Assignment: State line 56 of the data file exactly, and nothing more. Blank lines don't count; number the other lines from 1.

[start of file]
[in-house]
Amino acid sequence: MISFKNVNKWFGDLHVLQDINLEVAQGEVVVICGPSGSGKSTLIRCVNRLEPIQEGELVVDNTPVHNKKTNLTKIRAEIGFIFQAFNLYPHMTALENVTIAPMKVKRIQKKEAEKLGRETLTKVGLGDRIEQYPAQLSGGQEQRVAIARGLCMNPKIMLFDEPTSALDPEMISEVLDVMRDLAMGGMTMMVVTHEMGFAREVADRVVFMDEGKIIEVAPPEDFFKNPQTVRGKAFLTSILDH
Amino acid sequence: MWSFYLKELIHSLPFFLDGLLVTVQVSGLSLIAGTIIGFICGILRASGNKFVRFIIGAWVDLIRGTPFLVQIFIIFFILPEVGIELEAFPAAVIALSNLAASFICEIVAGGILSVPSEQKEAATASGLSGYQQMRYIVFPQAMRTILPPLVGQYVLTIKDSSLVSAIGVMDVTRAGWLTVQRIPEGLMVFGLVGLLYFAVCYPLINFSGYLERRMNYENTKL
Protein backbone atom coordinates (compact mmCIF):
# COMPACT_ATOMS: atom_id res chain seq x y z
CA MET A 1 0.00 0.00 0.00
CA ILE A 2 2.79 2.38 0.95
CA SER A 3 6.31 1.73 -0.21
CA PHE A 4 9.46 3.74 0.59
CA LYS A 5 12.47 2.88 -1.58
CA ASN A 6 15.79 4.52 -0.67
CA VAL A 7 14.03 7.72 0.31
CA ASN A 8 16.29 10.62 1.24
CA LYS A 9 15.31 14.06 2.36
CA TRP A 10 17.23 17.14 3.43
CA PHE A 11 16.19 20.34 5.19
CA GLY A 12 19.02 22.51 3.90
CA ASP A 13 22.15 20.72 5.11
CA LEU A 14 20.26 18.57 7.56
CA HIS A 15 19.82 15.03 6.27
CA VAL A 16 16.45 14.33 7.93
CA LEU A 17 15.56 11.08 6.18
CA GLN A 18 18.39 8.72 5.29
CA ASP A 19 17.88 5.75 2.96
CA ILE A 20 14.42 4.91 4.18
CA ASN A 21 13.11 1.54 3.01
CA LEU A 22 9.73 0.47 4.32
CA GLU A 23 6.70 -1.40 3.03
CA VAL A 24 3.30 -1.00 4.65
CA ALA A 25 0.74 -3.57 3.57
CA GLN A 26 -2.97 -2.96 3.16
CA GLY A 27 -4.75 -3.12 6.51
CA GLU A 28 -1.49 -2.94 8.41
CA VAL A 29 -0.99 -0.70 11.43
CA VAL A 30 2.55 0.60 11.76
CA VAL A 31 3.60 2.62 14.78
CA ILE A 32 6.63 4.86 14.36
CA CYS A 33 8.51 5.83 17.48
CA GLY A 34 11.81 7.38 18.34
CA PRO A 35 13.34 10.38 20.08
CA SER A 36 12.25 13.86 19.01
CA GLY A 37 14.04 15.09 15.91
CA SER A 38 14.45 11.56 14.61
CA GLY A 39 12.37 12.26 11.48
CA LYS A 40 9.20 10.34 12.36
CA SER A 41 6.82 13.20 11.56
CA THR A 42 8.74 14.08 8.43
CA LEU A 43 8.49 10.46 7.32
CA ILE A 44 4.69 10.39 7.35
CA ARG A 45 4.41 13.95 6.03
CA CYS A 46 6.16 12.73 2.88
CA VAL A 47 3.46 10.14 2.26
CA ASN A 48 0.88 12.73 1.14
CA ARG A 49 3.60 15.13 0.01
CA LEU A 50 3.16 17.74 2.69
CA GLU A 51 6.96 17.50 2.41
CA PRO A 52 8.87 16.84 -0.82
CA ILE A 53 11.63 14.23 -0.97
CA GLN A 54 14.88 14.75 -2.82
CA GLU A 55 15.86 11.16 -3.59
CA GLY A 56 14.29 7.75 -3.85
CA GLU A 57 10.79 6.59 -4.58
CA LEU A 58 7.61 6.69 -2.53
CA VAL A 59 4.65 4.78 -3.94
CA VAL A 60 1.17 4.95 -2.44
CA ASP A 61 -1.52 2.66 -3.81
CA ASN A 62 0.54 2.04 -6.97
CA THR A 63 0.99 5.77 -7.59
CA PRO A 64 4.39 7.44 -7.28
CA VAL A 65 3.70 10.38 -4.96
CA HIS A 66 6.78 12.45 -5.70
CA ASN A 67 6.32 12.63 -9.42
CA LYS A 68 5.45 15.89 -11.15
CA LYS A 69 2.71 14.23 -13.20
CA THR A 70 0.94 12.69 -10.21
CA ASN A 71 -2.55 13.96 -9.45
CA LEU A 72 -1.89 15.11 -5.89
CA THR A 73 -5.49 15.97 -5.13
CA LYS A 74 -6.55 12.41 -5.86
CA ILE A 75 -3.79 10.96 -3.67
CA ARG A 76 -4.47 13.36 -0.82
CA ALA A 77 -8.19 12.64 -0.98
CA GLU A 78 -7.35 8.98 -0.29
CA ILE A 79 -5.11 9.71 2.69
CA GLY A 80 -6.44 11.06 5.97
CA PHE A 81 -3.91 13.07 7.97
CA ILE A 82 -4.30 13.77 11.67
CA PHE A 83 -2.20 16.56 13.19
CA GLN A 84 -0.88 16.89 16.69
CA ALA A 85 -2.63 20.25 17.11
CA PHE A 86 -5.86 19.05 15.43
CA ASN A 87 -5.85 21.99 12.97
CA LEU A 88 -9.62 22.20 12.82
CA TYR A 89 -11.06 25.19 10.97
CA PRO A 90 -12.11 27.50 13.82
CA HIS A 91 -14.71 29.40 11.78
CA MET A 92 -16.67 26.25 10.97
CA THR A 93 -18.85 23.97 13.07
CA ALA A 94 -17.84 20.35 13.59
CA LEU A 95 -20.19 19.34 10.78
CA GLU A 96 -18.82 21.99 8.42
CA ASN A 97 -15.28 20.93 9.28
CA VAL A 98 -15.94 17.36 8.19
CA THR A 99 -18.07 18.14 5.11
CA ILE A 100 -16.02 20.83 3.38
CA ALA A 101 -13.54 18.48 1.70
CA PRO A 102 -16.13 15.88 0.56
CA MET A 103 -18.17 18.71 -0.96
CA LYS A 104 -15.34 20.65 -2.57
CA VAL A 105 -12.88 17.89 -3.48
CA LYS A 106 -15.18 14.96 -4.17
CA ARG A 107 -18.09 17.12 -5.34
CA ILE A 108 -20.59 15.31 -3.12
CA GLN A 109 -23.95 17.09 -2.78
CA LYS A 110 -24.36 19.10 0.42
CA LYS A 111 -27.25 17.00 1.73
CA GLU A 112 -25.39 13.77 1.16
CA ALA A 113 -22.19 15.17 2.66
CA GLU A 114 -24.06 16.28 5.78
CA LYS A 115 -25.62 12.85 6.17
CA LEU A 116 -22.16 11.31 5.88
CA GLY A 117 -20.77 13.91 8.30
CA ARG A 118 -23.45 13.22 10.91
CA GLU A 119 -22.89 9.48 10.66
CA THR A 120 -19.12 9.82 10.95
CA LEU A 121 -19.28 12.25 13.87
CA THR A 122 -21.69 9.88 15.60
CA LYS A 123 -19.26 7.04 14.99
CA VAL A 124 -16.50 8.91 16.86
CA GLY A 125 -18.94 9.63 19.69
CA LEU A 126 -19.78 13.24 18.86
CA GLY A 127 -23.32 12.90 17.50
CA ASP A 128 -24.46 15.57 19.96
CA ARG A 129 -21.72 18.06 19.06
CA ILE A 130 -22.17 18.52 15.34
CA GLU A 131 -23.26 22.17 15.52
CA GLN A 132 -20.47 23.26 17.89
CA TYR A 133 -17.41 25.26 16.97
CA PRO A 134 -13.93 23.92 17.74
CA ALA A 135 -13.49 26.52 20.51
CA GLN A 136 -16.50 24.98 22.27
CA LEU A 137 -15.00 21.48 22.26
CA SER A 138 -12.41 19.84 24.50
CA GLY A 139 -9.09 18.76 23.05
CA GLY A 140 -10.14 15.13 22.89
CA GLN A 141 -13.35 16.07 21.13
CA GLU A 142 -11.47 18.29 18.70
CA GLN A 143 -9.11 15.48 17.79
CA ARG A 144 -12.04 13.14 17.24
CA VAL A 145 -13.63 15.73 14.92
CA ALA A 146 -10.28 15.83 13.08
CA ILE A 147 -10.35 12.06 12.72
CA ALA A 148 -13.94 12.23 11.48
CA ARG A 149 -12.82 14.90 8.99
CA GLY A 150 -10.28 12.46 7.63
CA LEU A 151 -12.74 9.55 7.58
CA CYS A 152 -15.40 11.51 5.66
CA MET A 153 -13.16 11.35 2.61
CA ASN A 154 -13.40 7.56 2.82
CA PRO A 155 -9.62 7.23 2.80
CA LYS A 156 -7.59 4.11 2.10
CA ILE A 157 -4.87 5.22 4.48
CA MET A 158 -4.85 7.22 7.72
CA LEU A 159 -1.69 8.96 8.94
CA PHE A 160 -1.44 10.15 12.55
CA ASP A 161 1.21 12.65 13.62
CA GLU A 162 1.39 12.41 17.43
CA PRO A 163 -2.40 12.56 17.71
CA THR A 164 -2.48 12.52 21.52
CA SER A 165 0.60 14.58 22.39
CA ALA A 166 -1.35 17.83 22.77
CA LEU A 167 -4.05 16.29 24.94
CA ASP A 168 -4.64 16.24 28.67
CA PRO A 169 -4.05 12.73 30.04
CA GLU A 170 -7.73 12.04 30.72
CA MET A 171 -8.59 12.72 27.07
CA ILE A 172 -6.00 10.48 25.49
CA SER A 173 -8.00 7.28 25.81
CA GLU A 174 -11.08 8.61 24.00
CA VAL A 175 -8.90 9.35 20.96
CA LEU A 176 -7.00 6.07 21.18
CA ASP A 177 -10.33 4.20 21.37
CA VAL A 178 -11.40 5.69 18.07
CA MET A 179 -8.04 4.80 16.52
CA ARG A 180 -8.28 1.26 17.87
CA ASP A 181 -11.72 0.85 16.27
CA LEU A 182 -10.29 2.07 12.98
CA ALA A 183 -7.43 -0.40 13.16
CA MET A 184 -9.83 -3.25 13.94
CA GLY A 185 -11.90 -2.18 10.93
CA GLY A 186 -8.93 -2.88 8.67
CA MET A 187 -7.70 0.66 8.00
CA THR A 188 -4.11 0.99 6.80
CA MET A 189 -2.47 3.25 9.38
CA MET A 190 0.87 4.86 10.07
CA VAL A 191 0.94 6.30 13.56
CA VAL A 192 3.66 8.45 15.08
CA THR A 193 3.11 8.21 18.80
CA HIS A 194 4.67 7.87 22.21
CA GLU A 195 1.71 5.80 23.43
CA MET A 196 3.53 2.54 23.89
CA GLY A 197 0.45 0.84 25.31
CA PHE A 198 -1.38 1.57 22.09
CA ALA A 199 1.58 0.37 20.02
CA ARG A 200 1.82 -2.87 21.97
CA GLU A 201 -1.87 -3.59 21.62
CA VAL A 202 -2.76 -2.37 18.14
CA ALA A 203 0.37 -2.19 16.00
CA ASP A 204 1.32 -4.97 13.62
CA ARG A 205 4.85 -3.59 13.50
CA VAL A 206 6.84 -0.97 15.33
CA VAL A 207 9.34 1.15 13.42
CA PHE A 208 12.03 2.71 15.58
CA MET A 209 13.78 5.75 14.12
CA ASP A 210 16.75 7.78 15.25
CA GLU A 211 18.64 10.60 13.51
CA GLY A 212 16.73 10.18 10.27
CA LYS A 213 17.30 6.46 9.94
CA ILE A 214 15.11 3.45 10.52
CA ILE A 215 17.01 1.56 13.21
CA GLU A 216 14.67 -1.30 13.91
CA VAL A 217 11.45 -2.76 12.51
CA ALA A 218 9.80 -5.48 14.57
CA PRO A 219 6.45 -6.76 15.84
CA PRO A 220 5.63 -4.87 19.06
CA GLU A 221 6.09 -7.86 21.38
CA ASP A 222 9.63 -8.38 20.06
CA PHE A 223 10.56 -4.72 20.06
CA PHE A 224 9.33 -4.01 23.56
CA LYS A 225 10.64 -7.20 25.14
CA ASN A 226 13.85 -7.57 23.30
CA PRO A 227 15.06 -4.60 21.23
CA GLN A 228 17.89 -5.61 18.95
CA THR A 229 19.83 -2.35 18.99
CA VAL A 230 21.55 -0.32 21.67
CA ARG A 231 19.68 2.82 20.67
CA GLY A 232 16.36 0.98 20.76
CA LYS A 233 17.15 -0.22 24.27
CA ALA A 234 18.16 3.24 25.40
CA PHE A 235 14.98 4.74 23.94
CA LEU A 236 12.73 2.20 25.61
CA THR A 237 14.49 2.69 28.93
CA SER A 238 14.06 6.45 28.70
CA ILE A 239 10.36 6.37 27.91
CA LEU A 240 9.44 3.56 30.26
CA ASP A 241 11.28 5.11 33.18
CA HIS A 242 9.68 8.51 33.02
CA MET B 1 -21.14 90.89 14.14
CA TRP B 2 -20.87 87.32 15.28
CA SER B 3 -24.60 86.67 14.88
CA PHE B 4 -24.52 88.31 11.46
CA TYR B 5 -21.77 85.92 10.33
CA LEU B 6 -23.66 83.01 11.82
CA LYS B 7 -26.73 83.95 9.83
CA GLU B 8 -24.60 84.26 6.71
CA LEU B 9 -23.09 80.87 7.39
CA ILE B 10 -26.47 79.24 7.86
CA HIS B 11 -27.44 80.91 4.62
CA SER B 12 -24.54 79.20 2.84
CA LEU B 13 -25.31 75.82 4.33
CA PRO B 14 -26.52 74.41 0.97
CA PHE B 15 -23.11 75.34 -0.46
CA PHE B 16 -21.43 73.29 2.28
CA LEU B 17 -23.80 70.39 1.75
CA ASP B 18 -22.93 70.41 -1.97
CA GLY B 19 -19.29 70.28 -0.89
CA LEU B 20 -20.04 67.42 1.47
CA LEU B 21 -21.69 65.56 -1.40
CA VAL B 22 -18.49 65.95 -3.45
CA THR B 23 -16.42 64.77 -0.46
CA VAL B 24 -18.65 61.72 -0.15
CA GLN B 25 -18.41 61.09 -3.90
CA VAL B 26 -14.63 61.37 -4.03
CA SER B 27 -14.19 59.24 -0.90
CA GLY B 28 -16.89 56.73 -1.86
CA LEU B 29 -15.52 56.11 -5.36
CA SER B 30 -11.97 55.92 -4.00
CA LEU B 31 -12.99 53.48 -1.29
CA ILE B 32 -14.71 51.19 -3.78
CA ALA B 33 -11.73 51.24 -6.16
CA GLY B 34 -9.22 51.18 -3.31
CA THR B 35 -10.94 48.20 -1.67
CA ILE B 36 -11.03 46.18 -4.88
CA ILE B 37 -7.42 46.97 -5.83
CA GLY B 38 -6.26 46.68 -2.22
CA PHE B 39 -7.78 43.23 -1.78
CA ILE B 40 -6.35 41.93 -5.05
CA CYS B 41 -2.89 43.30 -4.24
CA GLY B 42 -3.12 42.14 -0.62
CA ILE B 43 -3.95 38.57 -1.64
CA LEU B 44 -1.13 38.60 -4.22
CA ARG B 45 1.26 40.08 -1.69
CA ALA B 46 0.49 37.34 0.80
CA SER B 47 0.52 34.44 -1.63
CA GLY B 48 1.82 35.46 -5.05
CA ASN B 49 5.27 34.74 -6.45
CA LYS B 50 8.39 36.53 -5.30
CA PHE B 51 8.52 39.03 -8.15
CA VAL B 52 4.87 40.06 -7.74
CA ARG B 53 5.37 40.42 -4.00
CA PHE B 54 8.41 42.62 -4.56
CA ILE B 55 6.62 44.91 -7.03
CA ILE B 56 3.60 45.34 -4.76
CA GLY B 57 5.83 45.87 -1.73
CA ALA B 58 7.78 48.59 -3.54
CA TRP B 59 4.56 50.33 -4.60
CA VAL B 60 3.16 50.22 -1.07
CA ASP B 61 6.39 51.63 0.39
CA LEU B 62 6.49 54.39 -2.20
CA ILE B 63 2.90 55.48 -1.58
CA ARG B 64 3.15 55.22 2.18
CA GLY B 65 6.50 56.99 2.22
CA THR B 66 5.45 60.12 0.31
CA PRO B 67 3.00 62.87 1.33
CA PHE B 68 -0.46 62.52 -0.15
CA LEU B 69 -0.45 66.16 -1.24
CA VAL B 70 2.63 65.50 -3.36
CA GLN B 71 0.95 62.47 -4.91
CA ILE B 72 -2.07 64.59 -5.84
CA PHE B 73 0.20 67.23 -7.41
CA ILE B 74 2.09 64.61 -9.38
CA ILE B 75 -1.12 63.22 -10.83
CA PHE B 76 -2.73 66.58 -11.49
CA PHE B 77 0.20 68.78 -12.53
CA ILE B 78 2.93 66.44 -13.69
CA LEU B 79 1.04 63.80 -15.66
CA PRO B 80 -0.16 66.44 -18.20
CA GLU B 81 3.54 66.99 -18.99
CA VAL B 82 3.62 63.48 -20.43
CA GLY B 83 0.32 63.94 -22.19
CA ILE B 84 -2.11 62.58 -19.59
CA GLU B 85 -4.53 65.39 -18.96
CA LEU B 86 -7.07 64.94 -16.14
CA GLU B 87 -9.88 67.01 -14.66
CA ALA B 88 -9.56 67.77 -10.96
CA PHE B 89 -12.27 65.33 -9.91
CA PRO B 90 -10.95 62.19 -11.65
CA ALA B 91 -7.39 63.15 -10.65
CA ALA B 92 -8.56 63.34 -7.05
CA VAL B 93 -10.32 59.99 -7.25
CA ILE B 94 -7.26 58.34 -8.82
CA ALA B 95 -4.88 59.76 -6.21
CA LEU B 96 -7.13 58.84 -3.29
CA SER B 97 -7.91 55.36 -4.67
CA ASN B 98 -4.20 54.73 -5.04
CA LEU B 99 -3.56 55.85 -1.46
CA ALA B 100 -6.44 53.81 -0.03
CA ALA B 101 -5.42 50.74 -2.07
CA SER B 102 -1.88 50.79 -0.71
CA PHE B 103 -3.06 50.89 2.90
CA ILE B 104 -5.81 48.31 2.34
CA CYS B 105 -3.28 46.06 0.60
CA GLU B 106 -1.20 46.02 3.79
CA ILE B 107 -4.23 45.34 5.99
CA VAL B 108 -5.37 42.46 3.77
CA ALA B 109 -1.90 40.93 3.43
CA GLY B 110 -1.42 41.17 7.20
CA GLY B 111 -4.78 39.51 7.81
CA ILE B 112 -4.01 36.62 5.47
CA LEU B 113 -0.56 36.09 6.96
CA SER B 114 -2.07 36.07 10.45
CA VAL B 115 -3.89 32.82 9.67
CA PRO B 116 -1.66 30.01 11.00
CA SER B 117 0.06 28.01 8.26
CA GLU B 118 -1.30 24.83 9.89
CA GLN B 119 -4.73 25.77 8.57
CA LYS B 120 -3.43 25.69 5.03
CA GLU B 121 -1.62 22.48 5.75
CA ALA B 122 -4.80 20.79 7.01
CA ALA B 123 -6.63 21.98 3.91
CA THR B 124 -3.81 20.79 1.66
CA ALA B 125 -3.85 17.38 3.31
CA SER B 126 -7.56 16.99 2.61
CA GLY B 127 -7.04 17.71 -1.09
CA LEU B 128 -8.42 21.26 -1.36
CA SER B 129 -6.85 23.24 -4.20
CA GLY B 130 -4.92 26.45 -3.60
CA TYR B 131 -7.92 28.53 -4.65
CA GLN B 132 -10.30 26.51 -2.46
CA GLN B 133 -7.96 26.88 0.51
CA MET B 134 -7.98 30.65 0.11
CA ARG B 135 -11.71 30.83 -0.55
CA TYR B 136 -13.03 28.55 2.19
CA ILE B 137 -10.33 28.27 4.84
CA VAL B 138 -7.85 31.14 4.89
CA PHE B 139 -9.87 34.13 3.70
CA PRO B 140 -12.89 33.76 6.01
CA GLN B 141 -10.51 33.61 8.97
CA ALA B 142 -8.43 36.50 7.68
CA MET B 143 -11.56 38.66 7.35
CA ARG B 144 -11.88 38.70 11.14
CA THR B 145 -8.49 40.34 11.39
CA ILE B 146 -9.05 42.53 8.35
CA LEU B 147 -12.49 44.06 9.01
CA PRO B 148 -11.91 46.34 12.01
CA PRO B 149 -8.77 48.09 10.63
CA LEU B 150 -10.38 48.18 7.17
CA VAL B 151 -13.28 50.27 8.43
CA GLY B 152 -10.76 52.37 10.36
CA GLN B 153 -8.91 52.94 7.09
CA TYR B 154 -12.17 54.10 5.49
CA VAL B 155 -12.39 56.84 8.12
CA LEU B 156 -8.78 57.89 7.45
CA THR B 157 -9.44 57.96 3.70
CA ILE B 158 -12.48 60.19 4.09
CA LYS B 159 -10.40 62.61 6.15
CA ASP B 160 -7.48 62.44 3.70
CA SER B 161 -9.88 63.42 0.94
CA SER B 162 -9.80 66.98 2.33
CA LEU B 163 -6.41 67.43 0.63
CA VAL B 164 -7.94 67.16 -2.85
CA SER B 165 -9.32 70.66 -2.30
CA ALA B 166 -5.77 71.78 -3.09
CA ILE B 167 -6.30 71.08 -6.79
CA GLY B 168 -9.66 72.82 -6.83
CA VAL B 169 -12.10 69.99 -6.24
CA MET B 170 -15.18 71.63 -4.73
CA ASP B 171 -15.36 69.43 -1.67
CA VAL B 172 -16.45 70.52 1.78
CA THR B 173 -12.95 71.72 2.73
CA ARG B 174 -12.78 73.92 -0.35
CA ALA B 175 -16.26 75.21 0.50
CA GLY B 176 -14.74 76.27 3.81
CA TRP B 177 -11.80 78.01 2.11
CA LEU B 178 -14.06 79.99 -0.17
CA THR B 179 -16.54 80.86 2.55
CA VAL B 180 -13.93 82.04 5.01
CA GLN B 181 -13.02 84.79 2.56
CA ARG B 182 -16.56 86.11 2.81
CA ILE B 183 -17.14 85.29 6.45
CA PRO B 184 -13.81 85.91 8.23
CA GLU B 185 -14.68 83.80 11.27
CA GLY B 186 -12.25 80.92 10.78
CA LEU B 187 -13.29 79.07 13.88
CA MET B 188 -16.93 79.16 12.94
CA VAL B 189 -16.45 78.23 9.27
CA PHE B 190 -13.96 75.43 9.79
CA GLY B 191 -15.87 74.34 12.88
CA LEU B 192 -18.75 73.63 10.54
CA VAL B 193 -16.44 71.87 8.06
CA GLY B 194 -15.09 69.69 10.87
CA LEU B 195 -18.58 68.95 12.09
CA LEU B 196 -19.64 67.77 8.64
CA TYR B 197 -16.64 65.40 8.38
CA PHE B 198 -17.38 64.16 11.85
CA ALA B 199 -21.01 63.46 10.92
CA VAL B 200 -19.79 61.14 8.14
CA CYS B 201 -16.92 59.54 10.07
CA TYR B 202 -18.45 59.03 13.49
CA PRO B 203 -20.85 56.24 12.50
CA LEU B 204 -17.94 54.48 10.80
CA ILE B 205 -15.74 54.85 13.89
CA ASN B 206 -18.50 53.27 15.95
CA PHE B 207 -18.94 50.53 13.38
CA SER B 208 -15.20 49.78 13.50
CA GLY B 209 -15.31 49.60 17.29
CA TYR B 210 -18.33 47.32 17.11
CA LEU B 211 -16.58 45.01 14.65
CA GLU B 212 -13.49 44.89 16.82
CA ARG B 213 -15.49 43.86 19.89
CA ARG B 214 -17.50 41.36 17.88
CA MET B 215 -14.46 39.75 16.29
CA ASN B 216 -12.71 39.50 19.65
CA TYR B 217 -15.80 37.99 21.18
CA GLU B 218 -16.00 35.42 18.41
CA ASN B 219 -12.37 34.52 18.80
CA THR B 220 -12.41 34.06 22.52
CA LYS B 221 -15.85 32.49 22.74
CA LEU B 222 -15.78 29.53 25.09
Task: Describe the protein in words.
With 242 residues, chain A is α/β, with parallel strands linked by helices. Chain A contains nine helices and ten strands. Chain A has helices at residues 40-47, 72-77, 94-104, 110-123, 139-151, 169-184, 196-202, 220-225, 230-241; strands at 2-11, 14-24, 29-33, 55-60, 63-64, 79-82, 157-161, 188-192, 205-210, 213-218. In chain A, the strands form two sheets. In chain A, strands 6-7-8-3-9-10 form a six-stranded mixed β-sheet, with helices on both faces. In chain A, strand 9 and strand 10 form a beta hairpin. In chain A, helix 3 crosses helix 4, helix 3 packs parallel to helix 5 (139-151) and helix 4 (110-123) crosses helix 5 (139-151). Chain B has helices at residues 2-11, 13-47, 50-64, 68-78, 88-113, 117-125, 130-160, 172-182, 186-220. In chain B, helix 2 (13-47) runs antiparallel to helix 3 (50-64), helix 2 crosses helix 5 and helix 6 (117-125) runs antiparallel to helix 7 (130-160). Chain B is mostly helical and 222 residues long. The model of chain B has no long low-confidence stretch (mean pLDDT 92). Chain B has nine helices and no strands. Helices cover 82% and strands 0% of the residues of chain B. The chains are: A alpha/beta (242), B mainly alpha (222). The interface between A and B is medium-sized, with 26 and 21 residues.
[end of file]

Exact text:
CA GLU A 51 6.96 17.50 2.41